Patients with allergic fungal sinusitis (AFS) generally demonstrate positive skin tests and in vitro (RAST) responses to fungal and nonfungal antigens. Manning et al, who compared 16 patients with histologically confirmed allergic fungal sinusitis (AFS) with a control group of patients with chronic rhinosinusitis, first demonstrated the sensitivity of RAST. Levels of fungal-specific IgE were uniformly elevated in all patients with allergic fungal sinusitis (AFS) and corresponded to the results of fungal cultures. In contrast, levels of fungal-specific IgE were not elevated within the control group. Moreover, patients with allergic fungal sinusitis (AFS) appear to demonstrate a broad sensitivity to a number of fungal and nonfungal antigens. Mabry et al have reported their experience, which indicates that patients with allergic fungal sinusitis (AFS) are allergic to multiple fungal antigens and to many typical nonfungal antigens.
Preliminary information suggests that methods of quantitative skin testing (in vivo) may provide even greater sensitivity ratings than RAST in patients with allergic fungal sinusitis (AFS). RAST traditionally has been considered less sensitive than skin testing during the investigation of atopy involving fungi. This has been attributed to technical problems, such as difficulty in binding the mold antigen to the carrier substrate.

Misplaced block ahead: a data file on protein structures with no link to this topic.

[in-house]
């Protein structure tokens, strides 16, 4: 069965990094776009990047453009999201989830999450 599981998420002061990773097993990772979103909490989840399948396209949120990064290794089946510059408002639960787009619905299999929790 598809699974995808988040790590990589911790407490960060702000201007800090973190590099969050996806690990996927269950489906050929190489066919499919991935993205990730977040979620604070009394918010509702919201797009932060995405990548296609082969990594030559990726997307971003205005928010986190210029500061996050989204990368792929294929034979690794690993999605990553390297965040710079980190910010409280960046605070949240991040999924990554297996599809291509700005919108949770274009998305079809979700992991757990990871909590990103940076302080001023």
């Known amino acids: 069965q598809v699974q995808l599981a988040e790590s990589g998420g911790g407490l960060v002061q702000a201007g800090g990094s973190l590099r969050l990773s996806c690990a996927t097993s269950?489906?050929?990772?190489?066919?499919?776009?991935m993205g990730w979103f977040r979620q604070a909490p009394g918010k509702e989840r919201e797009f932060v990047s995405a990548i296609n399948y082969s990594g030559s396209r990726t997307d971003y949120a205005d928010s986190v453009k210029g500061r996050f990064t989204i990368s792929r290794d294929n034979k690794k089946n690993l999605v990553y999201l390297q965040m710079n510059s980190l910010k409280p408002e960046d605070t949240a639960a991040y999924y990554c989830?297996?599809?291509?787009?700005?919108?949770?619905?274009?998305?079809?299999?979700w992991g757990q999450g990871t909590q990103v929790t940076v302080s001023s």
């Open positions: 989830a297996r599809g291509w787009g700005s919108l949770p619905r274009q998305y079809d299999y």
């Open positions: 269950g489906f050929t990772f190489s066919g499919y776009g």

To study the validity of this concept, Mabry et al prospectively evaluated 10 patients with allergic fungal sinusitis (AFS) for sensitivity to 11 pertinent fungi by both RAST and dilutional intradermal testing. A predictable correlation between RAST and skin test scores was observed in many, but not all, patients. Most often, this disparity was in the form of greater sensitivity indicated by skin testing than by RAST, sometimes differing by as many as 3 classes.